Best Laid Plans
That night, Brashani sat alone at a table in the Grey Horse Inn thinking about the Aglari. Given the events of the past few days, one thought kept running through the wizard’s mind.
How safe are these gems to use?
He had to conclude they weren’t safe at all unless you were worthy, as judged by the Elf-gems themselves.
Which begs the question: is the boy worthy?
Brashani couldn’t answer that question, but he suspected the answer was no. That could mean trouble ahead. The image of a crazed Qua’ril master flashed through Brashani’s mind.
He shuddered as Iriel came to take his order.
“Is there a problem?” asked Iriel.
“No, I was just thinking. Do we know whether Daniel passed the Test of Purity?”
Iriel shook her head. “Actually, I don’t. But I do not think he took the Test. Only people who use the gem must submit to that scrutiny.”
“Then it is coincidence that Tindolen gave him the gem to carry?”
“I would think so. Or, as Uncle Tindolen said, ‘Amelidel’s prophecy is guiding events.’”
That seemed like hogwash to Brashani; but given the power and skill of the elven seer Amelidel, he wondered whether the prophecy was more like a magic spell. Brashani had never heard of a spell so big and powerful that it shaped events and he knew little of divination aside from pyromancy. He supposed the principles were the same but the execution of the spell was different.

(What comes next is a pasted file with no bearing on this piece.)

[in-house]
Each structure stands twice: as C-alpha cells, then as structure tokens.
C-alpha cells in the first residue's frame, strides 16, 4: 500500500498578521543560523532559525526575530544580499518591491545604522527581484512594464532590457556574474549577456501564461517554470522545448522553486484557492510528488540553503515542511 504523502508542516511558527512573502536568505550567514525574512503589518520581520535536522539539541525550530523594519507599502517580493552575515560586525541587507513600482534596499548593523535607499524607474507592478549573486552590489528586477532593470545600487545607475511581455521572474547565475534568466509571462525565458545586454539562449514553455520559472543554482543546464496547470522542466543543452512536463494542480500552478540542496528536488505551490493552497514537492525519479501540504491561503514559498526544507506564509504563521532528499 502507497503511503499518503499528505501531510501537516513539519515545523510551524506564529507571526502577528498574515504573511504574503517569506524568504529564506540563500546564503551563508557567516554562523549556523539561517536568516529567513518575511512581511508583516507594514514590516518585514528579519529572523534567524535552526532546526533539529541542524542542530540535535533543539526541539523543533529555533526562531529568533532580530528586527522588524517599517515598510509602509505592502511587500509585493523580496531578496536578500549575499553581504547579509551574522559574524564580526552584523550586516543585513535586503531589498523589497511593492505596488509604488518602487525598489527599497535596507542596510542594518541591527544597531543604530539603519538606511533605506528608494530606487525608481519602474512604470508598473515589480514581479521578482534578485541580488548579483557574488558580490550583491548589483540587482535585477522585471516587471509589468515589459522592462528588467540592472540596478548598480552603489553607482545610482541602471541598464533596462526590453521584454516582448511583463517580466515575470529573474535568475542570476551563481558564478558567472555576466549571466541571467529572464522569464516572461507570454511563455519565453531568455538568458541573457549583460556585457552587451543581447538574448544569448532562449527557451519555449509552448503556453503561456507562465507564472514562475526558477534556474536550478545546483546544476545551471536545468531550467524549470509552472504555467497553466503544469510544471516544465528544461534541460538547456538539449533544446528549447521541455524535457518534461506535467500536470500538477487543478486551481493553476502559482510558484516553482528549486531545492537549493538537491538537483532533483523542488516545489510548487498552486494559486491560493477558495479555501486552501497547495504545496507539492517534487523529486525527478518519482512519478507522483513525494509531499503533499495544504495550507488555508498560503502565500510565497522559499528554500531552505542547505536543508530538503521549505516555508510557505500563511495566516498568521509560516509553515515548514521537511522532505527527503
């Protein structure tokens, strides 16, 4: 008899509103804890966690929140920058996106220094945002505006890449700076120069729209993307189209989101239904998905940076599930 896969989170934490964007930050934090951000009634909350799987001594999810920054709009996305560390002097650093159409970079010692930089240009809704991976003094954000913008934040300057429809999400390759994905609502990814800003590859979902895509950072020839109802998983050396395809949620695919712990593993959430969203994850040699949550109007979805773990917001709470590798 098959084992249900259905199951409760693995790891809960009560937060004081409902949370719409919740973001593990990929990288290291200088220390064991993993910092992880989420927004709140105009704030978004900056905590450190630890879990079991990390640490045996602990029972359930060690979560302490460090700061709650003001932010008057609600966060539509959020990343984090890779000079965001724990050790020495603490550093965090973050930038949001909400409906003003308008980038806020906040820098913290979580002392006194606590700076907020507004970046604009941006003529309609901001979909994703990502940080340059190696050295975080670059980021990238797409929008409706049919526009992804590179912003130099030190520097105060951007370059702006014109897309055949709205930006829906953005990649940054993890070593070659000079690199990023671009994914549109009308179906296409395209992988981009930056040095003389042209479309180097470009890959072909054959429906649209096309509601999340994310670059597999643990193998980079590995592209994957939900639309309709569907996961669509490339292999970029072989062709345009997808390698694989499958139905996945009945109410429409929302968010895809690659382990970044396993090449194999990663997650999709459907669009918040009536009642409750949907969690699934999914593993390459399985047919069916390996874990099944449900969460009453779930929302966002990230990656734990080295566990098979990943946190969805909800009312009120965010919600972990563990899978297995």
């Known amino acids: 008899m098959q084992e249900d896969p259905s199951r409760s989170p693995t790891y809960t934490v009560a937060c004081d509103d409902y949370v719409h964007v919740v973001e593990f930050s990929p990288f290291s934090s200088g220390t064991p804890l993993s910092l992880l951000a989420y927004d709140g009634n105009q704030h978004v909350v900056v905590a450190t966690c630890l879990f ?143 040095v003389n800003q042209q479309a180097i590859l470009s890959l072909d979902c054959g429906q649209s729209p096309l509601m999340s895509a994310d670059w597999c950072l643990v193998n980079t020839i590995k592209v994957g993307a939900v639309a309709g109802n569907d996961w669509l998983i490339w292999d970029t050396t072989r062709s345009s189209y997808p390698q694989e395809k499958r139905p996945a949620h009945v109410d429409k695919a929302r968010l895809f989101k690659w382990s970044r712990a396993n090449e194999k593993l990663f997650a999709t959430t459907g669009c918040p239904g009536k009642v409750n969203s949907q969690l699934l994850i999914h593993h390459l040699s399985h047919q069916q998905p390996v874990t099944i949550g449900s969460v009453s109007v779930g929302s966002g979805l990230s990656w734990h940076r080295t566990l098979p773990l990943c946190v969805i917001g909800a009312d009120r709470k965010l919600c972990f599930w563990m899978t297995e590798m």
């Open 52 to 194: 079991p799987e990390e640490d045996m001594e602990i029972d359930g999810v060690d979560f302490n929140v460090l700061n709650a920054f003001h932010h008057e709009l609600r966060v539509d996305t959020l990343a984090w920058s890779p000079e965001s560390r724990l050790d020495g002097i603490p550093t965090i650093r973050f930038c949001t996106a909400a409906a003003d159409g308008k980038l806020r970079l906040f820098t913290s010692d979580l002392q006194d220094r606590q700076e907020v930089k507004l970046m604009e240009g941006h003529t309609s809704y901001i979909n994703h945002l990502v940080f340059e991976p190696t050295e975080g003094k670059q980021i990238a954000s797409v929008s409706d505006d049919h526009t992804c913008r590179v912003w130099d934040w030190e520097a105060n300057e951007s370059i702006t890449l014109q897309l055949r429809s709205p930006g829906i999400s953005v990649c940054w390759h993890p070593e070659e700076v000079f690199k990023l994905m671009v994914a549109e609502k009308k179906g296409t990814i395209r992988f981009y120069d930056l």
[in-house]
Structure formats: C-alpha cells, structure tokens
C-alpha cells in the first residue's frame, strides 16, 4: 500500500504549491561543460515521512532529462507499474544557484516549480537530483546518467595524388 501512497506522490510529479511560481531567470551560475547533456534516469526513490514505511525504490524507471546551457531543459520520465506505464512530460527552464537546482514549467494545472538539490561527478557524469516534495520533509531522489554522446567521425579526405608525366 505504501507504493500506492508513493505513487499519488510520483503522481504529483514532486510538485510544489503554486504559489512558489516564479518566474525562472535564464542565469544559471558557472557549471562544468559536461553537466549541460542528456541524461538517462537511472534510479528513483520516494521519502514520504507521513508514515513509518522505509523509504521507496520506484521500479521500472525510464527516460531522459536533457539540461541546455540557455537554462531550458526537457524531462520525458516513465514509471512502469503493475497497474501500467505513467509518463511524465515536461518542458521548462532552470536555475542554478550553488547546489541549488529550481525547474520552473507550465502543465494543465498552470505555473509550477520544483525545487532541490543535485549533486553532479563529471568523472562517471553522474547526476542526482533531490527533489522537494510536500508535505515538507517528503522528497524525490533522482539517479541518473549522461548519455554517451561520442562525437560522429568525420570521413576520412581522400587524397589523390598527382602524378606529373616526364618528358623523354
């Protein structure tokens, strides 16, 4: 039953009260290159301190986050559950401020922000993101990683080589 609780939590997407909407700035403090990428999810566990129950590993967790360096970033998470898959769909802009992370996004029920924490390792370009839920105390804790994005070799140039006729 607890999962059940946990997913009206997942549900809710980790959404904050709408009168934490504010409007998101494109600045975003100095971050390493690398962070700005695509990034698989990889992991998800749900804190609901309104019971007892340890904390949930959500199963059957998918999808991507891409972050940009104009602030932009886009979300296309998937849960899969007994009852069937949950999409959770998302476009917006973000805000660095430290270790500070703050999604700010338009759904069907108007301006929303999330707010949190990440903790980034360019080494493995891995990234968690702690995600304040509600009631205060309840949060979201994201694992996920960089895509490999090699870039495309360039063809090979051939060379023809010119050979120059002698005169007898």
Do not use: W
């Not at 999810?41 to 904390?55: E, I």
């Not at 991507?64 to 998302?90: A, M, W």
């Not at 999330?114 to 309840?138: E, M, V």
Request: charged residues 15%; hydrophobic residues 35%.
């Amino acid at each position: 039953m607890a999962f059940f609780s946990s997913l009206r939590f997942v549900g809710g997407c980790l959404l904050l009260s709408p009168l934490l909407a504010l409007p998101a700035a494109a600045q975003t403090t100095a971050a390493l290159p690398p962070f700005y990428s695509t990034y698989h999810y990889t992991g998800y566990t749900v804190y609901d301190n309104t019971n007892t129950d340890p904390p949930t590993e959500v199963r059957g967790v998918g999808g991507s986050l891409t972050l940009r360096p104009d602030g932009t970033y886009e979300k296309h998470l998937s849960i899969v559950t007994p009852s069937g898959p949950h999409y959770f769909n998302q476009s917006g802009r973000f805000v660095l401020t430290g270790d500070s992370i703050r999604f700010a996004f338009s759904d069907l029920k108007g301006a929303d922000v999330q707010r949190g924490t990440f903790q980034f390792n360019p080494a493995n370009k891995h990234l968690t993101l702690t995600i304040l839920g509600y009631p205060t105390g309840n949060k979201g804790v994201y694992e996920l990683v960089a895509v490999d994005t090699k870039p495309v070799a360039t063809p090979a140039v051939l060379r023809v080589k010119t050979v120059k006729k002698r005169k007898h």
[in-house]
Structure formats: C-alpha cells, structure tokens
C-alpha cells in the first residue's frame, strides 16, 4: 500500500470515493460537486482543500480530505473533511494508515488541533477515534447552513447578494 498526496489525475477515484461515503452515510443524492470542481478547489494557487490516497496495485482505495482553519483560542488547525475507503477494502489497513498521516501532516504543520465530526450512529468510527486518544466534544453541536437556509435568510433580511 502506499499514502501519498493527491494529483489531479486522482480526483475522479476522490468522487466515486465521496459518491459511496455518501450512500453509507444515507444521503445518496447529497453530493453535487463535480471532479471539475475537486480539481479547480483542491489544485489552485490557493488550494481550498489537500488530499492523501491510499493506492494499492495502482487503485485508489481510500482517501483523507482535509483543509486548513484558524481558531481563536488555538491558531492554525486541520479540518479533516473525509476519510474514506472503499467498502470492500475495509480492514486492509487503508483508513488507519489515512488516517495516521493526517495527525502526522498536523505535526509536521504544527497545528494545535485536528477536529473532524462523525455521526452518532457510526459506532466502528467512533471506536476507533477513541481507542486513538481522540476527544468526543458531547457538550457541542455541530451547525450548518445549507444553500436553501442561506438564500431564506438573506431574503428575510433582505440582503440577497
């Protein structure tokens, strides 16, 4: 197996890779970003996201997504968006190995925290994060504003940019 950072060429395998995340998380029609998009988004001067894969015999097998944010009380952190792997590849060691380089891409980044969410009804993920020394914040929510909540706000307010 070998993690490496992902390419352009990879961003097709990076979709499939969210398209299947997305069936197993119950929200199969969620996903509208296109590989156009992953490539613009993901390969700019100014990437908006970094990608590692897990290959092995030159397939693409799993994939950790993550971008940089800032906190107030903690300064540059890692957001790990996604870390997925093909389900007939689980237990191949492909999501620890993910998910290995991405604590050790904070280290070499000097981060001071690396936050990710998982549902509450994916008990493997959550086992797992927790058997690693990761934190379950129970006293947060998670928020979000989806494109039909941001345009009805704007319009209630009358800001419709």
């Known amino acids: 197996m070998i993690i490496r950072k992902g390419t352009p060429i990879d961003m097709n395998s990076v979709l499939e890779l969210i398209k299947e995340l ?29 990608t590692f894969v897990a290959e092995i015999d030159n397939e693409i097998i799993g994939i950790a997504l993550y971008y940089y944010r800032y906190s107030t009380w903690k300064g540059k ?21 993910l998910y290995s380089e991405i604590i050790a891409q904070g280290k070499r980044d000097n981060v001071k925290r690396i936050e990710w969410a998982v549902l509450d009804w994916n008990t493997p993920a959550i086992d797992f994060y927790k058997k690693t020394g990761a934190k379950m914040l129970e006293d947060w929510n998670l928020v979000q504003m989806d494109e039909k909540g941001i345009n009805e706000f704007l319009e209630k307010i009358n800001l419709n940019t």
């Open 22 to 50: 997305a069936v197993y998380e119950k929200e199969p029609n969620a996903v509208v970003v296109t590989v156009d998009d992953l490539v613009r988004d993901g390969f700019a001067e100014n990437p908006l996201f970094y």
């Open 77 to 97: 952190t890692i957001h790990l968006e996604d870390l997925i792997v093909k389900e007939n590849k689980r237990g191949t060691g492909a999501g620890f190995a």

“But Tindolen doesn’t know that the prophecy is guiding events,” the wizard said, after a pause. “He only thinks it is.”
“He would not say a thing were so if it were not. And I remember Uncle telling me that he has spoken with Amelidel, who knows the prophecy is working.”
“But how could one seer and mage cast a spell to affect the entire world?”
“Amelidel has knowledge handed down to the elves from the Makers of the World. Who can say what he can and cannot do?” Iriel replied.
Brashani scratched his head. “Hmmm. All right, I’ll concede that. But that does not answer the question of whether Daniel can use the gem. And if he can, think of the power he could accidentally unleash!”